more » ... ngine that can be derived from steady state values, while the main dynamics are achieved by dynamically modelling of cyclic coupling via in-cylinder temperature alone and mean exhaust pressure dynamics. Furthermore, a simplified combustion model has been found to be accurate enough for the region of interest. An automated tuning scheme helps to match the model to the respective target values. With this model and the tuning scheme, the model can be easily tuned for every possible case. A model-based MIMO state controller, based on Sliding-Mode Control theory has been designed and tested on a detailed 1-D simulation code. KEY WORDS: heat engine, homogeneous charge compression ignition, theory/modeling, design/control [A1] 1.Introduction Stricter emission regulations and an increasing demand in fuel economy, together with the consideration of alternative propulsion methods, such as the recent electrification of cars, impose a great pressure on the improvement of nowadays combustion engines. While traditionally gasoline engines feature relatively low emissions, and diesel concepts offer in relation low fuel consumption, the Homogeneous Charge Compression Ignition (HCCI) concept has the potential to combine both advantages within one single concept. Due to that, extensive research has been undertaken, and their application in future passenger cars is considered possible. Despite these advantages, unresolved issues still hinder these engines from the implementation in cars. One of the main drawbacks is the conception that HCCI is difficult to control, since a direct actuator for combustion does not exist. Several control strategies for ignition actuation has been researched extensively in the past. Additionally there exists the common agreement that HCCI cannot cover all necessary operating points and hence cannot replace a conventional combustion engine. Therefore, HCCI has to be operated in tandem with SI or diesel, where switching between conventional combustion and HCCI becomes necessary. Due to the sensitivity of combustion on in-cylinder conditions, which in turn depend on the permanently varying atmospheric conditions within an entire lifecycle of a car, combustion needs to be made robust by closed-loop control. The Blowdown Supercharge (BDSC) variant of HCCI has been intensively studied at Chiba University and several measures have been carried out to increase the operational range of HCCI. One of the main concepts is the use of a blowdown pressure wave in the exhaust pipe between two connected cylinders that boosts additional exhaust gases into one of the cylinder, from the pressure wave of the other cylinder, and this concept has been first introduced by Hatamura (1) . Several closed-loop control schemes for other and conceptually simpler versions of HCCI have been presented in the past (Johansson (2) et al., Ravi (3) et al., Widd (4) et al., Killingsworth (5) et al., Rausen (6) et al.), but the higher complexity of the BDSC engine with its boosting pressure wave in the exhaust port, and thereby the expected higher modeling effort, has prevented a model-based control scheme so far. the temperature and pressure at start, and T 2 and P 2 the values at end compression or expansion, V 1 and V 2 their respective and known volumes, and γ as the polytropic exponent. For prediction of start of combustion, the ignition model introduced above can be employed in the control-oriented model as well. Since however, the polytropic exponent remains constant throughout compression, the ignition model from the detailed BOOST model would not re-produce the same results and the accuracy of the ignition model is not guaranteed any more. Even more, since there is no dynamic interaction between the gases and the cylinder walls during compression in the model, the entire sequence of temperature and pressure is already known at start of compression. Therefore, the ignition model has to be amended and due to the predictability of ignition timing at start of compression, a different approach has been pursued here. The underlying idea is to convert the ignition model, as presented above, to a modified ignition delay model that estimates the start of combustion, by only knowing the initial conditions at start of compression. The selected form resembles an Arrhenius function, as well as the ignition delay above. While the ignition delay function above has been measured and fitted under constant temperature conditions, the temperature is changing here due to the ongoing compression of the in-cylinder gases by the piston. Hence, the activation energy has to be expected lower than in the original ignition model. In addition to that, in Chiang (14,15) et al., as well as in Jagsch (7) , the dominance of the temperature has been pointed out, and it was concluded that good results can be obtained by neglecting the gas composition. A correlation that is simple but precise enough has been found of the following form: A is hereby a pre-exponential factor that in this case may compensate for the omitted gas composition terms, E as a modified activation energy in order to compensate for the gradual temperature change of the upward moving piston and C an offset to account for combustion phasing around 360 deg CAD. The exponent B has been set to a fixed negative value. In fact, it was found that optimizing B would lead to values close to zero, which implies that the pressure term could be omitted. A least-squares algorithm has been used here, and the results are displayed in Figure 7 , with CA50 as the target, of which the calculated values show a superb fit to the target values in a particular wide range, with non-normalized residuals less than one degree CAD. The reference points were picked randomly from the BOOST model, providing a wide range of cases to tune the overall model, with IMEP between 241.23 kPa and 536.22 kPa" CA50 BD 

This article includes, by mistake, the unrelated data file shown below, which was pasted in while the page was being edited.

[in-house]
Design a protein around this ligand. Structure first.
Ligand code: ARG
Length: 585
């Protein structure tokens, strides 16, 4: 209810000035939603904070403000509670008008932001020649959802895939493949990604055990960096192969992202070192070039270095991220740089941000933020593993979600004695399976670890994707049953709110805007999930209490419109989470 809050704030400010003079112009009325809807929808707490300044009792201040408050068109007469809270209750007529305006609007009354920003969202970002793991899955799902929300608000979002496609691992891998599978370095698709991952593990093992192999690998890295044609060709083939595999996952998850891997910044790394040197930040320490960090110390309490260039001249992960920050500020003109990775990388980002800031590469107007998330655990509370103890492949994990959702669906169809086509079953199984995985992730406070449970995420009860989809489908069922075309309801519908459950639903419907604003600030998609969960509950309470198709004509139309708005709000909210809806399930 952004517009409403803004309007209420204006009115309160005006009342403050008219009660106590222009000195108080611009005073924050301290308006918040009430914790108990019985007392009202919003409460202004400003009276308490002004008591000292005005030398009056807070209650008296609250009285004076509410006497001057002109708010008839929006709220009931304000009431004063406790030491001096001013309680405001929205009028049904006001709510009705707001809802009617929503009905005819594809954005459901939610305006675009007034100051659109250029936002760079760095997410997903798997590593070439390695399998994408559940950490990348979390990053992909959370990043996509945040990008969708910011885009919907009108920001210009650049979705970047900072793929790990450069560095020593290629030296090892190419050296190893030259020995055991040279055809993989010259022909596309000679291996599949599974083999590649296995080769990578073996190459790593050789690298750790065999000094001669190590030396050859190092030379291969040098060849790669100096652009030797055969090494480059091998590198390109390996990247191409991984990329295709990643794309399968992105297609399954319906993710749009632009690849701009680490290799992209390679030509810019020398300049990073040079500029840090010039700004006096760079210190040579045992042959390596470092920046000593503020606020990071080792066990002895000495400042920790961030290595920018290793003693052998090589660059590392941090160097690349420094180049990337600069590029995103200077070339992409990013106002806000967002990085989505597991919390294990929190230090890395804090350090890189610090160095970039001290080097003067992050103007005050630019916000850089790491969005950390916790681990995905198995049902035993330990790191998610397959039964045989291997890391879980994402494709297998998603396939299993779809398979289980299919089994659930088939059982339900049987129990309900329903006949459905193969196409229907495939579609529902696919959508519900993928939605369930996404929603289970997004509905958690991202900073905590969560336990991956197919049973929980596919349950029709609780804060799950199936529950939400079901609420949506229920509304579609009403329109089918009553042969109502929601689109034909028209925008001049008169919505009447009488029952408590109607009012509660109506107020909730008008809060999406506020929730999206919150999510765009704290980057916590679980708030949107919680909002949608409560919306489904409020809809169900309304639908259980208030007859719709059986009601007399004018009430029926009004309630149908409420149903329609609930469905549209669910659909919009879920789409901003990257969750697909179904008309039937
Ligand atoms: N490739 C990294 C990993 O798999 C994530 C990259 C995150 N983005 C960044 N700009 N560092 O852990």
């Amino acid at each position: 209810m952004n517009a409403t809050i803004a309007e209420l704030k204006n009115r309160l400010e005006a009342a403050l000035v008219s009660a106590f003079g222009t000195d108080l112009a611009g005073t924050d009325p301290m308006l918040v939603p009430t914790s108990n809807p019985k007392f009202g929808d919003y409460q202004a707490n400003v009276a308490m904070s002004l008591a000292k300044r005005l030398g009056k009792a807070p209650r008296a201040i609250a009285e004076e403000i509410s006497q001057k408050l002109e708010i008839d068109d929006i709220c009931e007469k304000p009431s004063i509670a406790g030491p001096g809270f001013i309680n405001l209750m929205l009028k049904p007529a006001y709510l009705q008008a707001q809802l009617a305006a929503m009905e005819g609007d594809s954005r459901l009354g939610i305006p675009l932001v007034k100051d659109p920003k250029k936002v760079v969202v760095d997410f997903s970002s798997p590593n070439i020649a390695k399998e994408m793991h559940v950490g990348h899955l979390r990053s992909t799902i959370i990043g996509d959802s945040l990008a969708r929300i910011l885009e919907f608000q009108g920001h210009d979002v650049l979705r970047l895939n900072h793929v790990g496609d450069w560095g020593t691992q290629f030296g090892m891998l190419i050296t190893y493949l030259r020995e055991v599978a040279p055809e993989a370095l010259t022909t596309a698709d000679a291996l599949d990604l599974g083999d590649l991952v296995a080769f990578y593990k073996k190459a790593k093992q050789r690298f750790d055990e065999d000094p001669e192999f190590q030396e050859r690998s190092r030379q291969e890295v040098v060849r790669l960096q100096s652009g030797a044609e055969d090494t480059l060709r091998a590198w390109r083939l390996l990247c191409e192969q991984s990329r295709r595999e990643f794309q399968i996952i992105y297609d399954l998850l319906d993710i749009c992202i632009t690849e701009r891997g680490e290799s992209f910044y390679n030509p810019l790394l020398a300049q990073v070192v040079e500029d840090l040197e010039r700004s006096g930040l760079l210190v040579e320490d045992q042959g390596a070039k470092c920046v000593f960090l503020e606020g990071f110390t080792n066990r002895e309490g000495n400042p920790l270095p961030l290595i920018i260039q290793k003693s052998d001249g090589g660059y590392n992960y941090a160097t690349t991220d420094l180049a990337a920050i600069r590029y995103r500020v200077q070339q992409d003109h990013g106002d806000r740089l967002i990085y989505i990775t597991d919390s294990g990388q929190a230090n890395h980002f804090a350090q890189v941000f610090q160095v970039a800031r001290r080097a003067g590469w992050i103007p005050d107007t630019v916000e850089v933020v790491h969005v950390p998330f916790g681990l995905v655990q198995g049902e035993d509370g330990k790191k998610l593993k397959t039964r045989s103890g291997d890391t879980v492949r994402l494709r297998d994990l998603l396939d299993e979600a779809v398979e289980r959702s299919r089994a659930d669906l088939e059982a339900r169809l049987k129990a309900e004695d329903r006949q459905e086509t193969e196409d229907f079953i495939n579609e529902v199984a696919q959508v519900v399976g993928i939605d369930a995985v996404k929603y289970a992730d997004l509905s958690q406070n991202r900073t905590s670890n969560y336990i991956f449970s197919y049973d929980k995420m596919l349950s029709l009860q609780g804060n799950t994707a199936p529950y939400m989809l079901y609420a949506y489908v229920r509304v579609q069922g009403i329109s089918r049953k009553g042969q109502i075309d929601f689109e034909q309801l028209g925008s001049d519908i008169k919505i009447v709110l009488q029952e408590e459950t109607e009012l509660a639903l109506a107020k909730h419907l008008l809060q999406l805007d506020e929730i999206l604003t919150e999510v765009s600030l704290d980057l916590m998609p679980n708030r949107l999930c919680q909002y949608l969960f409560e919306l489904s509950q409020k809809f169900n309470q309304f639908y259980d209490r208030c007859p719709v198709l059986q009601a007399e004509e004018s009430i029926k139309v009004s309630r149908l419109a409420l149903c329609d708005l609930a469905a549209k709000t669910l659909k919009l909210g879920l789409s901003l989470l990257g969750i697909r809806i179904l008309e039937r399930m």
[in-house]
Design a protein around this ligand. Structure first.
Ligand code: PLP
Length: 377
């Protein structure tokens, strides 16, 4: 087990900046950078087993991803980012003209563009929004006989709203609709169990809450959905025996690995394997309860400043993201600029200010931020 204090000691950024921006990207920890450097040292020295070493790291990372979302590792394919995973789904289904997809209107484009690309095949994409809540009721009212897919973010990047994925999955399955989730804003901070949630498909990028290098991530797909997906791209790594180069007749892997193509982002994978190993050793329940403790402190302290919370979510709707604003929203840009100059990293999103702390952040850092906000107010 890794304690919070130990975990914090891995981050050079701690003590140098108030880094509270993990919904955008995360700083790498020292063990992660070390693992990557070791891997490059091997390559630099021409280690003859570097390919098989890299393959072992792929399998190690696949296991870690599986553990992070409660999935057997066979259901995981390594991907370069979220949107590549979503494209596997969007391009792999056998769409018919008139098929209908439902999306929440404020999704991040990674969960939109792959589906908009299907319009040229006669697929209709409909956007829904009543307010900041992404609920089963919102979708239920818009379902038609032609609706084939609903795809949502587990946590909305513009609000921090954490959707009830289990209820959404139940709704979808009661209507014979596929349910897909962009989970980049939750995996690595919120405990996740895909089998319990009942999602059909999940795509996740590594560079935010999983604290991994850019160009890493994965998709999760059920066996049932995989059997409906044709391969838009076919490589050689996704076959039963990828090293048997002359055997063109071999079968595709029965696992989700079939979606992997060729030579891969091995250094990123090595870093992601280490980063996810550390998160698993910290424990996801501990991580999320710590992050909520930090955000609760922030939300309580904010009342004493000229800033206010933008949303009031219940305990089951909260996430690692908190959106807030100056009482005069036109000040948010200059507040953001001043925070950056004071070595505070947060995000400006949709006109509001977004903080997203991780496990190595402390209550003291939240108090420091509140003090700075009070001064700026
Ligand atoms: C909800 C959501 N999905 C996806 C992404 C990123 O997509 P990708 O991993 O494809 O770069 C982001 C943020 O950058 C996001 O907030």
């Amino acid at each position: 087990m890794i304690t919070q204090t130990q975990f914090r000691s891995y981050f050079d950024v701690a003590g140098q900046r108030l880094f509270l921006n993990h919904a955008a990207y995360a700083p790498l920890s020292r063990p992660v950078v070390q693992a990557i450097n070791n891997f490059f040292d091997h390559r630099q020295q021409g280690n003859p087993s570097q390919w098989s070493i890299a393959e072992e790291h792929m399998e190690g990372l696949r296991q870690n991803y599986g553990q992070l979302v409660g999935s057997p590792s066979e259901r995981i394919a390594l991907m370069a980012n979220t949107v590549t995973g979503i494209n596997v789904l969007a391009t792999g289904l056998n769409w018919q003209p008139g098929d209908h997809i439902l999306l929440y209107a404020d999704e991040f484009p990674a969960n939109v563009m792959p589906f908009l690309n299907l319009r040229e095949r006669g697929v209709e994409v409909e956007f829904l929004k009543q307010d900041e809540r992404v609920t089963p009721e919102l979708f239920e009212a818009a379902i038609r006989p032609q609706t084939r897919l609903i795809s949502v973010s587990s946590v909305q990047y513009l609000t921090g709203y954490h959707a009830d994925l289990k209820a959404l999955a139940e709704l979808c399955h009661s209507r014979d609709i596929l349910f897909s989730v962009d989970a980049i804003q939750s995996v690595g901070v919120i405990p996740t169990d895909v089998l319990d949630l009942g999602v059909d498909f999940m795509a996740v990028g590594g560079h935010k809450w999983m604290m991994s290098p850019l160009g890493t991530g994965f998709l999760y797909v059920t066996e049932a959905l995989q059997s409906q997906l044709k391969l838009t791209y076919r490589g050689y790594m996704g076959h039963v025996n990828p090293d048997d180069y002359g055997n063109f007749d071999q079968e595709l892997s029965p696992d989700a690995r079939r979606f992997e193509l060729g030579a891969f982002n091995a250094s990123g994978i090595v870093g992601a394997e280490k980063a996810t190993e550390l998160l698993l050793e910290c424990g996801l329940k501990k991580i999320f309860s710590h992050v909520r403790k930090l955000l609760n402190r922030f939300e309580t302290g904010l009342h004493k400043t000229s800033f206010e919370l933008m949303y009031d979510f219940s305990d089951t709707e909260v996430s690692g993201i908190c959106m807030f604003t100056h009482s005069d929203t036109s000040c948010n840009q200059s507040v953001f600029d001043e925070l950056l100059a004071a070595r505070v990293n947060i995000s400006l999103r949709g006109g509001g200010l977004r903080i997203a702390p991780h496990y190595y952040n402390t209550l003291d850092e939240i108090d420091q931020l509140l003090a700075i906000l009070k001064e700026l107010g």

doi:10.20485/jsaeijae.5.4_145 fatcat:5h4ekb6ignho5nis6buykxsh4y